The New Cyber Defense: Make Networks a Moving Target

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The Army Research Laboratory (ARL), working with an international team of researchers, is looking to implement a new type of cyber defense that operates on the principle that you can’t hit what you can’t see.

Called the moving target defense, or MTD, it’s an approach that confuses cyber attackers by making the attack surface dynamic, and thus harder to probe and infiltrate. It’s a new technique that represents a significant shift in cyber defense, which has primarily focused on the passive defense of static networks.

“MTD increases uncertainty and confuses the adversary, as time is no longer an advantage,” Dr. Terrence J. Moore, one of the ARL researchers on the project, said in an ARL release. A moving target makes life hard on hackers by shifting IP addresses, randomizing network configurations, and taking other steps. A hacker’s previous monitoring of a network is no longer valid, for instance, because weaknesses they may have spotted before are no longer in the same place.

“The adversary has to expend more resources, such as time and/or computational power, to discover vulnerabilities of a target system,” Moore said, “but will experience more difficulty in exploiting any vulnerabilities found in the past since their location or accessibility is constantly changing.”

ARL is collaborating on the project with researchers from the University of Canterbury in New Zealand and the Gwangju Institute of Science and Technology in the Republic of Korea, whom they reached out to through a program run by the U.S. Army International Technology Center-Pacific.

Hackers have always held a distinct advantage in cyber wars in that they only have to find one way in to a network while admins have to worry about every vulnerability. In recent years, hackers have added to their arsenals with tactics such as hiding their IP addresses, routing attacks through proxy servers, and altering their malicious code to avoid detection. For those charged with defending networks, it can be like playing Whack-A-Mole.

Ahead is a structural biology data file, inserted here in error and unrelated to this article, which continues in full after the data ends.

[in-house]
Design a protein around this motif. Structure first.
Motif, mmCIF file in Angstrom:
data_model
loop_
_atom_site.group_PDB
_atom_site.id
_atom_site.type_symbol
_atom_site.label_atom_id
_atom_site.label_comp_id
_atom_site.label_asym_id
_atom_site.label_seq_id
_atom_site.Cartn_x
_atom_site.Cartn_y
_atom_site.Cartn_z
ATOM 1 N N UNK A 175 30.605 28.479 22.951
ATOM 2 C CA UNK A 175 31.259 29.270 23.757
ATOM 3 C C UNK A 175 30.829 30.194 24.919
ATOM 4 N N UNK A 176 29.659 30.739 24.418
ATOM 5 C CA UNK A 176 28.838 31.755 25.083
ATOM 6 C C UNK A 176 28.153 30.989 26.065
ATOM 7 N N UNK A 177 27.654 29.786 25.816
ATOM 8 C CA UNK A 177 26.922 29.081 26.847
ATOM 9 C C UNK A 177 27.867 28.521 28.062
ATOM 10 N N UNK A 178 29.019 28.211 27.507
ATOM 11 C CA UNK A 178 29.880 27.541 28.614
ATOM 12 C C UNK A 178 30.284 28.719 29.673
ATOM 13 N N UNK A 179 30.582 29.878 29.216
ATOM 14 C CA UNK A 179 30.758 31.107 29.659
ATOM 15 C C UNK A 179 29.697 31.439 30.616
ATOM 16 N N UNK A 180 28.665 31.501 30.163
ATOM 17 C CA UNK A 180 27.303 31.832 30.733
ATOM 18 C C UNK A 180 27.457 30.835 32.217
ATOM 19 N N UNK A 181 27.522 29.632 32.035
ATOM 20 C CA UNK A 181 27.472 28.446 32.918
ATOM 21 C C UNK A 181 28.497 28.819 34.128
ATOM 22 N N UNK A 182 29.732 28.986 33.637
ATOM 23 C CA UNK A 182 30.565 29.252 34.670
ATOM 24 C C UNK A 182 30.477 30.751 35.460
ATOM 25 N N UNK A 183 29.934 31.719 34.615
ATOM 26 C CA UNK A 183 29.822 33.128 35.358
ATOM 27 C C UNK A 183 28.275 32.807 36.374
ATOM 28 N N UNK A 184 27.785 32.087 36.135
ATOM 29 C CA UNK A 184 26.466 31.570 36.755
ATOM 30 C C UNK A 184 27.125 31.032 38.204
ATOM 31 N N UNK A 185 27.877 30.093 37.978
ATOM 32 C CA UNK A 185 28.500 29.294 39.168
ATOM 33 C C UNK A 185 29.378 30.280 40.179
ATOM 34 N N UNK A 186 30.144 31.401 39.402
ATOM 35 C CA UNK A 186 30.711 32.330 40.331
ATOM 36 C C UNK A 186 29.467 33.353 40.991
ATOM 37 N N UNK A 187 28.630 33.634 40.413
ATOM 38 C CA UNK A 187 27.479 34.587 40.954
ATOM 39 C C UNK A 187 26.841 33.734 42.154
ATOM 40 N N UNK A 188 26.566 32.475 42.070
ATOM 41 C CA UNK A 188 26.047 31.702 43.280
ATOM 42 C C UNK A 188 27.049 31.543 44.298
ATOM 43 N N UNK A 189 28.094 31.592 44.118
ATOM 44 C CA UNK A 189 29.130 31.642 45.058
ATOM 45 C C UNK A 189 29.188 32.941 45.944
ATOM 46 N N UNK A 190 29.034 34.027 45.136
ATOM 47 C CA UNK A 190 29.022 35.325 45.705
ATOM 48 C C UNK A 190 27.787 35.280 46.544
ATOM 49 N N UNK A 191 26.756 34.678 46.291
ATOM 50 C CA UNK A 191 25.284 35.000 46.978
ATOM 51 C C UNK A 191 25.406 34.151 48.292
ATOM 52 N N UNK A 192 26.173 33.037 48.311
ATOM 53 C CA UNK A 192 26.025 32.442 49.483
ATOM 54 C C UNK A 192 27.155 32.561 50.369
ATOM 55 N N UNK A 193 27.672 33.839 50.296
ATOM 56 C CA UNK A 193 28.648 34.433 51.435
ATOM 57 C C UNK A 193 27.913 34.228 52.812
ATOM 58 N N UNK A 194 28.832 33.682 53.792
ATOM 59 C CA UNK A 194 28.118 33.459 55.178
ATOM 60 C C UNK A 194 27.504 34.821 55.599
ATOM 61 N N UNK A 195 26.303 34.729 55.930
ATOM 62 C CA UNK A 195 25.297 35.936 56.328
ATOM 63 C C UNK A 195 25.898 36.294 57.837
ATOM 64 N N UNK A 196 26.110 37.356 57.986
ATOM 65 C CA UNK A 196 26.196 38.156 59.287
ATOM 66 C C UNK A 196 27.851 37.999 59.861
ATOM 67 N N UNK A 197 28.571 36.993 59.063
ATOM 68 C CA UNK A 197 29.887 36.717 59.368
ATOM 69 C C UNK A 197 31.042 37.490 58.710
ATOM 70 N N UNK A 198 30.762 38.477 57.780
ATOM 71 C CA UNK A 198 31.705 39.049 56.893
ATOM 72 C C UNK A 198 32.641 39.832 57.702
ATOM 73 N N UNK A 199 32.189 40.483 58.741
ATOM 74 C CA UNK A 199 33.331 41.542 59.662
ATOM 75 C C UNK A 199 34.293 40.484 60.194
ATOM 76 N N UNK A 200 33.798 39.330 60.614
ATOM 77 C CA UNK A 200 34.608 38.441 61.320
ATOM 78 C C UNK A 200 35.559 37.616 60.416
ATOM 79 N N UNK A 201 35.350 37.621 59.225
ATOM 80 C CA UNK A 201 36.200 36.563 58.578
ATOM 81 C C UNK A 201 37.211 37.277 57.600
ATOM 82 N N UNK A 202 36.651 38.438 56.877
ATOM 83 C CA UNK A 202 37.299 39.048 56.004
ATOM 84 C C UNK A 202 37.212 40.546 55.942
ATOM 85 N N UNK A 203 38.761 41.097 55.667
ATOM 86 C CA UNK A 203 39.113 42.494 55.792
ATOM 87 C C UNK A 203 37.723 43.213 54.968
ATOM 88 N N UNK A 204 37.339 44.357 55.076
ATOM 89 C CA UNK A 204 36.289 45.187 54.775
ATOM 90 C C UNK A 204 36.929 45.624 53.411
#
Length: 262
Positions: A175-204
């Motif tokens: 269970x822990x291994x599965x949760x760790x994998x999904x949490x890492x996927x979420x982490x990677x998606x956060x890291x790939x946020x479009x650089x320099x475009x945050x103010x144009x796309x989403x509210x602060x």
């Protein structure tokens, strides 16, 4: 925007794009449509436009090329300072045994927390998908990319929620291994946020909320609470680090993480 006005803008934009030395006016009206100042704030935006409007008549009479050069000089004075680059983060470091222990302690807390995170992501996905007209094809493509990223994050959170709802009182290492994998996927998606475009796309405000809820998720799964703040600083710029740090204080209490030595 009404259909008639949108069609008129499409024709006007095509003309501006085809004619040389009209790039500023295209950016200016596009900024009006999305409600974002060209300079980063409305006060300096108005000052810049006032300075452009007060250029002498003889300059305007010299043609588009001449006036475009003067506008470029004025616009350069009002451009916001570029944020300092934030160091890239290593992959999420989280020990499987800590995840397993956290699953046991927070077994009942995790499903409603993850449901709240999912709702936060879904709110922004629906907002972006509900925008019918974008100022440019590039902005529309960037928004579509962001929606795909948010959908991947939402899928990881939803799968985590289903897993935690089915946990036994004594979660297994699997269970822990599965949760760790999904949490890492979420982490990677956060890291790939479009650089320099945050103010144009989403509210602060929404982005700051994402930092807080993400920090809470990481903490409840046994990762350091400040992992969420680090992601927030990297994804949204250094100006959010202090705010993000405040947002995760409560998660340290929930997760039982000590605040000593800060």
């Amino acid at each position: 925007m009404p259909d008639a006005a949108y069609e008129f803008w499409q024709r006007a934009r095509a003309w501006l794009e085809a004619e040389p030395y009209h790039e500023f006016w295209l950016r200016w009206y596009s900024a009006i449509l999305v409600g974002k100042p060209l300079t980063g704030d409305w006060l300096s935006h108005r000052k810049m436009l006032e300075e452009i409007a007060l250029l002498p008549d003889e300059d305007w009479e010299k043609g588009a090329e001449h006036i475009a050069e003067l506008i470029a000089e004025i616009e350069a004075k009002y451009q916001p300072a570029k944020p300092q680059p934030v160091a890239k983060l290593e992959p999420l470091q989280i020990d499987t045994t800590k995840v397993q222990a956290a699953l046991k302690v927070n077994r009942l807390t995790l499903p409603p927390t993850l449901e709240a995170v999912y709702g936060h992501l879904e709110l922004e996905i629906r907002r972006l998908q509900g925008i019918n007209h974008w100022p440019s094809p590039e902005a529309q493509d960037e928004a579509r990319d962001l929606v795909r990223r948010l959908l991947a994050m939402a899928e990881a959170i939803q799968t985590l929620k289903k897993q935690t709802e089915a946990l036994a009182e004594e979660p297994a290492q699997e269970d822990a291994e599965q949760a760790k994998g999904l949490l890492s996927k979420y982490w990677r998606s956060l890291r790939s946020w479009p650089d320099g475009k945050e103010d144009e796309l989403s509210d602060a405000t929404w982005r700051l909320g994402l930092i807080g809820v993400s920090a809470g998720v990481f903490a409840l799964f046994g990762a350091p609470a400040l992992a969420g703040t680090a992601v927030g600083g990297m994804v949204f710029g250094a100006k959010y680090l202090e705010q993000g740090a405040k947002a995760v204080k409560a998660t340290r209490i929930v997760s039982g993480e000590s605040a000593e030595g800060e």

MTD, which originated within the Department of Defense and is also being promoted by the Department of Homeland Security, could give hackers a taste of their own medicine. One tactic the research team is working on is to frequently change IP addresses, so that attackers can’t keep track of their targets. The IP addresses change on the attack surface, that is, while the real IP address of a host server remains the same, ARL said. A conventional, passive defense gives hackers time to plot their attacks. But with MTD, those targets would keep disappearing. Instead of their long-standing asymmetrical advantage, hackers would have an asymmetrical disadvantage.

Other new MTD techniques being developed by startups such as CryptoMove and big companies like IBM include keeping data fragmented, encrypted, and on the move around a network. A company called Cryptonite NXT makes a hardware device that constantly changes the IP addresses of connected devices.

The added layer of security does come with extra costs tied to constantly shifting the attack surface, however. The ARL-led team is mitigating those costs by developing their MTD system with software-defined networking, which streamlines the operation through a centralized controller, rather than leaving network control with each individual device.

Using an approach called Flexible Random Virtual IP Multiplexing (FRVM), developed by the research team from UC New Zealand, an SDN controller regularly and randomly changes a host’s IP address while leaving hackers with what one of the team’s researchers described as a complex shell game. Instead of having to guess from among three shells, or IP addresses, to get to the network service that serves as the pea in the analogy, a hacker would have 65,536 shells to make a guess from.

ARL says its primary purpose in the research is to protect defense networks from attack in order to let warfighters execute their missions, but an effective, affordable MTD could wind up being the next wave in network defense.

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